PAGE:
A comparison of electric and gas-powered cars caused the study’s authors to conclude “that electric cars, despite the hype, aren’t as environmentally clean as gasoline-powered cars.”
This does not mean that the idea of an electric car company is not viable — it does, however, suggest that electric cars are a niche market, and that there really isn’t much difference in the business model between General Motors Company (NYSE: GM) and Tesla.
The stock market, however, values each of the companies very differently.
Tesla appears to have delivered about 5 percent of the number of cars that General Motors did in 2015.
General Motors reported $152.36 billion in sales in 2015. Tesla reported $4.05 billion in sales in 2015, or about 2.7 percent of General Motors’, seemingly in-line with productions figures.
The stock market, however, values General Motors as a whole (its market capitalization) at $42.80 billion, while it values Tesla at $19.78 billion, or 46.2 percent of General Motors’.
That Tesla’s production is 5 percent of GM’s, that Tesla’s sales are 2.7 percent of GM’s, and that the market is valuing Tesla as being worth 46.2 percent of GM, is puzzling.
Tesla has an ambitious plan to produce 500,000 vehicles in 2020. Assuming that GM’s production remains flat (it will likely grow, though not at the same pace as Tesla’s), this means that Tesla, if it meets its goals, could produce about 50 percent as many vehicles as GM in 2020. If this happens, it would seem that Tesla would deserve to be valued at about 50 percent of GM: in 2020, not in 2016.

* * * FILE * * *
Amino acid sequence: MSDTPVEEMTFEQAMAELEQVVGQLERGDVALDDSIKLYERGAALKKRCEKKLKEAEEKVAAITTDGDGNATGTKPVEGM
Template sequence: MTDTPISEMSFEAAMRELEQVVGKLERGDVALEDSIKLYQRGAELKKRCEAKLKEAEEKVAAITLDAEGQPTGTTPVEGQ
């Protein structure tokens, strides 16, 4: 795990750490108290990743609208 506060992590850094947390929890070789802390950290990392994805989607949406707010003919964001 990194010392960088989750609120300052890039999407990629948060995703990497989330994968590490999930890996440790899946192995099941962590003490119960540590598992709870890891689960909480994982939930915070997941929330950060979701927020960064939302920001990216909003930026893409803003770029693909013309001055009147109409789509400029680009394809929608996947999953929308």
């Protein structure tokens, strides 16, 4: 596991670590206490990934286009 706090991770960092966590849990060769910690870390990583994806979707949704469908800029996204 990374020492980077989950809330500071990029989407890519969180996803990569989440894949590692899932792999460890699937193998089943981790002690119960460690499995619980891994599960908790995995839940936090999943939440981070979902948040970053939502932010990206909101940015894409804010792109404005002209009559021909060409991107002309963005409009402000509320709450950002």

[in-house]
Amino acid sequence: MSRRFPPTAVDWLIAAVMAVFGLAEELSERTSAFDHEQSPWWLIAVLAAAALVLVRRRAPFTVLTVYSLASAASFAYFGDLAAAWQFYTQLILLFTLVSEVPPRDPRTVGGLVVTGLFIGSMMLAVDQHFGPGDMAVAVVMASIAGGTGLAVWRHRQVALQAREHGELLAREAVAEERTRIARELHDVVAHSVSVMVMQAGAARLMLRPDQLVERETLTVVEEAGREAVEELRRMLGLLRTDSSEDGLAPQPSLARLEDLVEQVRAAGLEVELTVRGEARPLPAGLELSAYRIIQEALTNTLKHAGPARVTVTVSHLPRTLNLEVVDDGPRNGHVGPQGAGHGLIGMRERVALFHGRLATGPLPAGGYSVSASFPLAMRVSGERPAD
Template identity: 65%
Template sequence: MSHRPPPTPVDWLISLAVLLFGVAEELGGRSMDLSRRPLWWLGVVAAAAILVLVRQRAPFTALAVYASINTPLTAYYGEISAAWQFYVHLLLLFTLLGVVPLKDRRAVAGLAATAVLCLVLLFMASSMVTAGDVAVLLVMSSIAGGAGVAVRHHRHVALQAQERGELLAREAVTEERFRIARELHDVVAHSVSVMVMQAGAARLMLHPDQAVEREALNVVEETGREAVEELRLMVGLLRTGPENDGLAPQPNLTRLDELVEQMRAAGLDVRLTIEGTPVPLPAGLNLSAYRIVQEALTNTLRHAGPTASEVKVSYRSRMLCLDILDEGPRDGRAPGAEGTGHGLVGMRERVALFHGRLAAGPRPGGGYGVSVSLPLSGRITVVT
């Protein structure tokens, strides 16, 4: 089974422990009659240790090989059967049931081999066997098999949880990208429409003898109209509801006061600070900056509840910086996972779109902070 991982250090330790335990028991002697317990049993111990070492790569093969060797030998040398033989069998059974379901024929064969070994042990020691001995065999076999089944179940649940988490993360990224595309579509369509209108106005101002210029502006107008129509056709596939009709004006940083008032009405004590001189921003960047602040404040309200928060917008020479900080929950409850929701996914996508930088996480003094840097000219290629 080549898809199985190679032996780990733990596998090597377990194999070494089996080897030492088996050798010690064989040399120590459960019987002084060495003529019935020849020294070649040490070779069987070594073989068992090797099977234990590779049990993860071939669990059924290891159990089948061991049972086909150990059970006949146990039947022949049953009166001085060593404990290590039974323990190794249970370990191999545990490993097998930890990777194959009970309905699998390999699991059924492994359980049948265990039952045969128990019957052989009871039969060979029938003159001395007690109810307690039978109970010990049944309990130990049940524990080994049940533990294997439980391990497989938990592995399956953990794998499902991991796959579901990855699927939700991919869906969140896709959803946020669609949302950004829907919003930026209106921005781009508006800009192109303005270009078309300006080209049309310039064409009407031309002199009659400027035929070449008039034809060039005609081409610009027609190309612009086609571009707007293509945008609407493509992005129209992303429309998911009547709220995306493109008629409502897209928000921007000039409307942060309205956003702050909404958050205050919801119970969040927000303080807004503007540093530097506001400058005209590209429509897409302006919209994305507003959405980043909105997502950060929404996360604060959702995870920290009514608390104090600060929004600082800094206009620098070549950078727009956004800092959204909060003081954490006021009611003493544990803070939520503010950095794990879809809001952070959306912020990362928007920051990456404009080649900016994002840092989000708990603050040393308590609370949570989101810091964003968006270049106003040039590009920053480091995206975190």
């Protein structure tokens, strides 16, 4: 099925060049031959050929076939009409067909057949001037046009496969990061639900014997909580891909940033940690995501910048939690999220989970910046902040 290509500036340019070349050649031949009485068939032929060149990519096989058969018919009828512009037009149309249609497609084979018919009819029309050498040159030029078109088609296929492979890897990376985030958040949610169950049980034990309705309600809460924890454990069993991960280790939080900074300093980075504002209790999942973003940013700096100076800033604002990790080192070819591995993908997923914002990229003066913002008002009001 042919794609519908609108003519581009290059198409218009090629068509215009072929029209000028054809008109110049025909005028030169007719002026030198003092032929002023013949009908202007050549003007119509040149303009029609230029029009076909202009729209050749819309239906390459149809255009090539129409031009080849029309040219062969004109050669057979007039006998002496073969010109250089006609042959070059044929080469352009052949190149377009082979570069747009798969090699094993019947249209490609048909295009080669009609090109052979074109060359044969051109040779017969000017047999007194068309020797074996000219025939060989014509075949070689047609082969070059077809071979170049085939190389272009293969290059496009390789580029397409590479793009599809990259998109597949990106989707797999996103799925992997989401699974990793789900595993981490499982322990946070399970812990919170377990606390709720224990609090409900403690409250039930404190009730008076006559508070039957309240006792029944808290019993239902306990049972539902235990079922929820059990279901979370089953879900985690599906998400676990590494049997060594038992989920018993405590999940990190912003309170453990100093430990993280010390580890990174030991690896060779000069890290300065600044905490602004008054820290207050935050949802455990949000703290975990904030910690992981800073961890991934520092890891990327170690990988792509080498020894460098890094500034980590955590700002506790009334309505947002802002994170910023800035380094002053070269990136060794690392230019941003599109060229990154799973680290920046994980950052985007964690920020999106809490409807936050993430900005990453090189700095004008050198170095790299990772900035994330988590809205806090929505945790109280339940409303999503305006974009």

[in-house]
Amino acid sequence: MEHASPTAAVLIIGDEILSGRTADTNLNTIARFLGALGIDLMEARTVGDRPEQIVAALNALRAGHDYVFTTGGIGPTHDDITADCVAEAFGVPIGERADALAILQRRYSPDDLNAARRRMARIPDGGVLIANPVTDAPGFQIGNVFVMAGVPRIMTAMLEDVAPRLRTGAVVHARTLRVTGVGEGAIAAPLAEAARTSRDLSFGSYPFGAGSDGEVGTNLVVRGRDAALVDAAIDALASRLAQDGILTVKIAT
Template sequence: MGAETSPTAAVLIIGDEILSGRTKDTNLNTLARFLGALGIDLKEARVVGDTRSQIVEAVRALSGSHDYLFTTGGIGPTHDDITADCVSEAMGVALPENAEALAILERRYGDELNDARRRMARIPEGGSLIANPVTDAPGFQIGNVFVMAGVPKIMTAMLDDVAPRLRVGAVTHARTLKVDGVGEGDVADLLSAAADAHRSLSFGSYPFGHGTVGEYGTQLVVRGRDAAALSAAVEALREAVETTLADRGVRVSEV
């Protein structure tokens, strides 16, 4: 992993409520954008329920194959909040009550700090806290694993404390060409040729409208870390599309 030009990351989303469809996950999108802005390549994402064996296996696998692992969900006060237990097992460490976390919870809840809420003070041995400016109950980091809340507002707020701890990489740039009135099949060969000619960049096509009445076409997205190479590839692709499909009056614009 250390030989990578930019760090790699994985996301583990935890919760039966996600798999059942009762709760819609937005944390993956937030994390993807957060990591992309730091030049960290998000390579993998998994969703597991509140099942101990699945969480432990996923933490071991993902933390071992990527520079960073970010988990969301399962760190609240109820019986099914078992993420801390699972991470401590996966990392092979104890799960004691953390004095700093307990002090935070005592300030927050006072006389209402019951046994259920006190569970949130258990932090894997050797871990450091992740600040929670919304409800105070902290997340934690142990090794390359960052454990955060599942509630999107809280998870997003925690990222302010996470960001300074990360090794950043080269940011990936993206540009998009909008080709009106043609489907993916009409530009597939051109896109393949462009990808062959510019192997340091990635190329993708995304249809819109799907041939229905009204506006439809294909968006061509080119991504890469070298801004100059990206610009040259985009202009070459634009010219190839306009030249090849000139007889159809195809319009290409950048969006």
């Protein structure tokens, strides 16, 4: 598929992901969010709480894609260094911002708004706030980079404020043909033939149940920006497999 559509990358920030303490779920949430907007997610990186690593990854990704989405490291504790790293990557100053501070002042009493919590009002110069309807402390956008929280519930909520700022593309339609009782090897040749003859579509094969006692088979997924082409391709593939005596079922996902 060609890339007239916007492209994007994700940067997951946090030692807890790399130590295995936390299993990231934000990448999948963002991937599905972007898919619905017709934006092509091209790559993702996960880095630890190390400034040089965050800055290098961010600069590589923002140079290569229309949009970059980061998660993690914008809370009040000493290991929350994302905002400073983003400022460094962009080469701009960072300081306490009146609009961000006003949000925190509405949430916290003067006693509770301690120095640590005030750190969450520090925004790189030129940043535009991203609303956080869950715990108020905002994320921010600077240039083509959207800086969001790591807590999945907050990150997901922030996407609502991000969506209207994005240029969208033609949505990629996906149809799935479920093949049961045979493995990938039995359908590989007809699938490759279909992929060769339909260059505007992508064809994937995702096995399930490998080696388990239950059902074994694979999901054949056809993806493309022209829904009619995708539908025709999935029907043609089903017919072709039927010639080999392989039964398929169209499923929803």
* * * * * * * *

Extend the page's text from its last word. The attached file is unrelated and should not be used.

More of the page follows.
Forward price earnings ratios for each company further compound this view. Based on 2017 earnings estimates, the market is giving General Motors a forward PE of 4.78, and Tesla a forward PE of 38.73. To the stock market, a dollar produced by Tesla is worth 8.1 times more than a dollar produced by GM, which would seem completely unsustainable. Given that Tesla is a young, innovative, and fashionable company, a forward PE ratio twice the size of GM’s might be appropriate; 8.1 times seems absurd.
If Tesla was revalued with a PE twice that of GM’s its shares would trade near $38.
Over time, the PE ratios of each company will almost certainly converge. The question that will be decided by the market will be whether GM valuation needs to come up, or Tesla valuation needs to come down.
If this convergence happened on Tuesday and was shared equally by each, GM shares would rally by about 355 percent to near $126, while Tesla shares would see their price cut by about 45 percent, to near $85.00.
[Photo by Justin Sullivan/Getty Images]